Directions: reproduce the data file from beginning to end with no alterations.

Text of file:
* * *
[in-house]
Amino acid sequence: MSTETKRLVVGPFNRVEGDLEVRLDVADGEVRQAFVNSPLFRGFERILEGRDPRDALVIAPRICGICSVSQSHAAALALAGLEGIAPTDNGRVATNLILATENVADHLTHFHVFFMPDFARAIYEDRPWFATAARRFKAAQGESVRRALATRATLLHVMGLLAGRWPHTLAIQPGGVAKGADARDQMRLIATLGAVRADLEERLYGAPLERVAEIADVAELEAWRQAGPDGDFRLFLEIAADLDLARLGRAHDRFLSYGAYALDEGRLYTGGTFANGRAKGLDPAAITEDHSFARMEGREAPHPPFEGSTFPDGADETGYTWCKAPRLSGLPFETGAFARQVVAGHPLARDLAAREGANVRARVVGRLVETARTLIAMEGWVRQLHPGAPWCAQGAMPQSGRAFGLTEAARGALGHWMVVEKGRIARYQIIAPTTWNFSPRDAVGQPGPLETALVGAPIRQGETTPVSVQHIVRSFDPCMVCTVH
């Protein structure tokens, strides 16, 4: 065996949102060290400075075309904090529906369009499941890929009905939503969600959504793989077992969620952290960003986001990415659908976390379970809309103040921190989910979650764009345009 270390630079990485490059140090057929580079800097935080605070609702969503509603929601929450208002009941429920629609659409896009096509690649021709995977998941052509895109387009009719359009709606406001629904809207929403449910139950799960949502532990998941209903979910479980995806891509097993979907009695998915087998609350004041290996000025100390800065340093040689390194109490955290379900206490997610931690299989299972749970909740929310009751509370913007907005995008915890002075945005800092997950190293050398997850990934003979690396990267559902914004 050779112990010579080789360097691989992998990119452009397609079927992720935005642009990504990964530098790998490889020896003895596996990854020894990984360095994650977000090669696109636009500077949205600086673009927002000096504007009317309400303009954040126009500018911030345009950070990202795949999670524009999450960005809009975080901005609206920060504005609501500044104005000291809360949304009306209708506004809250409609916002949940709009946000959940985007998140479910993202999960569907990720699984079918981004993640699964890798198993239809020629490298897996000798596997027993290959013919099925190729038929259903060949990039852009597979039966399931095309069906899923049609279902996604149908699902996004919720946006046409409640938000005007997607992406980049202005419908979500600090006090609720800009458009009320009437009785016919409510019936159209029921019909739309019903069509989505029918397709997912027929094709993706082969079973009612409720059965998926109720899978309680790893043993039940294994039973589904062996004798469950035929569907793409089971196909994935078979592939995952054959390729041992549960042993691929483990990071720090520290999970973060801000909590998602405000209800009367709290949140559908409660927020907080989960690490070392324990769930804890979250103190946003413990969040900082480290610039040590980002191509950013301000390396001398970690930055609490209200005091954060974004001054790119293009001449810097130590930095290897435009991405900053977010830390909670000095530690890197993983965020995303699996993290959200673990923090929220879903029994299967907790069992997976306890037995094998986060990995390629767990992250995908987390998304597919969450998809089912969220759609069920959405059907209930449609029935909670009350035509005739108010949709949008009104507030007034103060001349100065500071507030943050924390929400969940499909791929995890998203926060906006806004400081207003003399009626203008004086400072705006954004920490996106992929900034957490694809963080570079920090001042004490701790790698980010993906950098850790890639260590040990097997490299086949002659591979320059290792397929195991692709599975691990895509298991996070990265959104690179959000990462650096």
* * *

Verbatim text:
[in-house]
Amino acid sequence: MSTETKRLVVGPFNRVEGDLEVRLDVADGEVRQAFVNSPLFRGFERILEGRDPRDALVIAPRICGICSVSQSHAAALALAGLEGIAPTDNGRVATNLILATENVADHLTHFHVFFMPDFARAIYEDRPWFATAARRFKAAQGESVRRALATRATLLHVMGLLAGRWPHTLAIQPGGVAKGADARDQMRLIATLGAVRADLEERLYGAPLERVAEIADVAELEAWRQAGPDGDFRLFLEIAADLDLARLGRAHDRFLSYGAYALDEGRLYTGGTFANGRAKGLDPAAITEDHSFARMEGREAPHPPFEGSTFPDGADETGYTWCKAPRLSGLPFETGAFARQVVAGHPLARDLAAREGANVRARVVGRLVETARTLIAMEGWVRQLHPGAPWCAQGAMPQSGRAFGLTEAARGALGHWMVVEKGRIARYQIIAPTTWNFSPRDAVGQPGPLETALVGAPIRQGETTPVSVQHIVRSFDPCMVCTVH
């Protein structure tokens, strides 16, 4: 065996949102060290400075075309904090529906369009499941890929009905939503969600959504793989077992969620952290960003986001990415659908976390379970809309103040921190989910979650764009345009 270390630079990485490059140090057929580079800097935080605070609702969503509603929601929450208002009941429920629609659409896009096509690649021709995977998941052509895109387009009719359009709606406001629904809207929403449910139950799960949502532990998941209903979910479980995806891509097993979907009695998915087998609350004041290996000025100390800065340093040689390194109490955290379900206490997610931690299989299972749970909740929310009751509370913007907005995008915890002075945005800092997950190293050398997850990934003979690396990267559902914004 050779112990010579080789360097691989992998990119452009397609079927992720935005642009990504990964530098790998490889020896003895596996990854020894990984360095994650977000090669696109636009500077949205600086673009927002000096504007009317309400303009954040126009500018911030345009950070990202795949999670524009999450960005809009975080901005609206920060504005609501500044104005000291809360949304009306209708506004809250409609916002949940709009946000959940985007998140479910993202999960569907990720699984079918981004993640699964890798198993239809020629490298897996000798596997027993290959013919099925190729038929259903060949990039852009597979039966399931095309069906899923049609279902996604149908699902996004919720946006046409409640938000005007997607992406980049202005419908979500600090006090609720800009458009009320009437009785016919409510019936159209029921019909739309019903069509989505029918397709997912027929094709993706082969079973009612409720059965998926109720899978309680790893043993039940294994039973589904062996004798469950035929569907793409089971196909994935078979592939995952054959390729041992549960042993691929483990990071720090520290999970973060801000909590998602405000209800009367709290949140559908409660927020907080989960690490070392324990769930804890979250103190946003413990969040900082480290610039040590980002191509950013301000390396001398970690930055609490209200005091954060974004001054790119293009001449810097130590930095290897435009991405900053977010830390909670000095530690890197993983965020995303699996993290959200673990923090929220879903029994299967907790069992997976306890037995094998986060990995390629767990992250995908987390998304597919969450998809089912969220759609069920959405059907209930449609029935909670009350035509005739108010949709949008009104507030007034103060001349100065500071507030943050924390929400969940499909791929995890998203926060906006806004400081207003003399009626203008004086400072705006954004920490996106992929900034957490694809963080570079920090001042004490701790790698980010993906950098850790890639260590040990097997490299086949002659591979320059290792397929195991692709599975691990895509298991996070990265959104690179959000990462650096």